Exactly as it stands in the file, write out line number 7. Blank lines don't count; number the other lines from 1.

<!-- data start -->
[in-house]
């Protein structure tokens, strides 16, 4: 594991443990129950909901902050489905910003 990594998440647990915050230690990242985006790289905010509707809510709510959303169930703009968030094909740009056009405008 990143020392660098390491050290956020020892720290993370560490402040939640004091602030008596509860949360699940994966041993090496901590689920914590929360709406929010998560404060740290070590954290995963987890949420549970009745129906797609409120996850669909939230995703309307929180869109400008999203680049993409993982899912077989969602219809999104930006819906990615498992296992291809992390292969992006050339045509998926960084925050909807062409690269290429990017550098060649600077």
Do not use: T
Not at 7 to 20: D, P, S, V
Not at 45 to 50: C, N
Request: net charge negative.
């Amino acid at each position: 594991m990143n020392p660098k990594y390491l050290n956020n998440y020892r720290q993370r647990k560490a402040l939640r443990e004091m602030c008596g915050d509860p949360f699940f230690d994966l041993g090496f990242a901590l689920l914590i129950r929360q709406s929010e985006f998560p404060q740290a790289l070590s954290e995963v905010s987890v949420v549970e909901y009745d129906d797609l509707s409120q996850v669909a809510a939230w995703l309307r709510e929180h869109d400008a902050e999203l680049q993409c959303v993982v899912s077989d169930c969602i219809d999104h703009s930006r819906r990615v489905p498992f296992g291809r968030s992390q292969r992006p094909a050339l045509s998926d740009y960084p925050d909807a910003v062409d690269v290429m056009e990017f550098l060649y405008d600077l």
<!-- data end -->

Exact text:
């Amino acid at each position: 594991m990143n020392p660098k990594y390491l050290n956020n998440y020892r720290q993370r647990k560490a402040l939640r443990e004091m602030c008596g915050d509860p949360f699940f230690d994966l041993g090496f990242a901590l689920l914590i129950r929360q709406s929010e985006f998560p404060q740290a790289l070590s954290e995963v905010s987890v949420v549970e909901y009745d129906d797609l509707s409120q996850v669909a809510a939230w995703l309307r709510e929180h869109d400008a902050e999203l680049q993409c959303v993982v899912s077989d169930c969602i219809d999104h703009s930006r819906r990615v489905p498992f296992g291809r968030s992390q292969r992006p094909a050339l045509s998926d740009y960084p925050d909807a910003v062409d690269v290429m056009e990017f550098l060649y405008d600077l």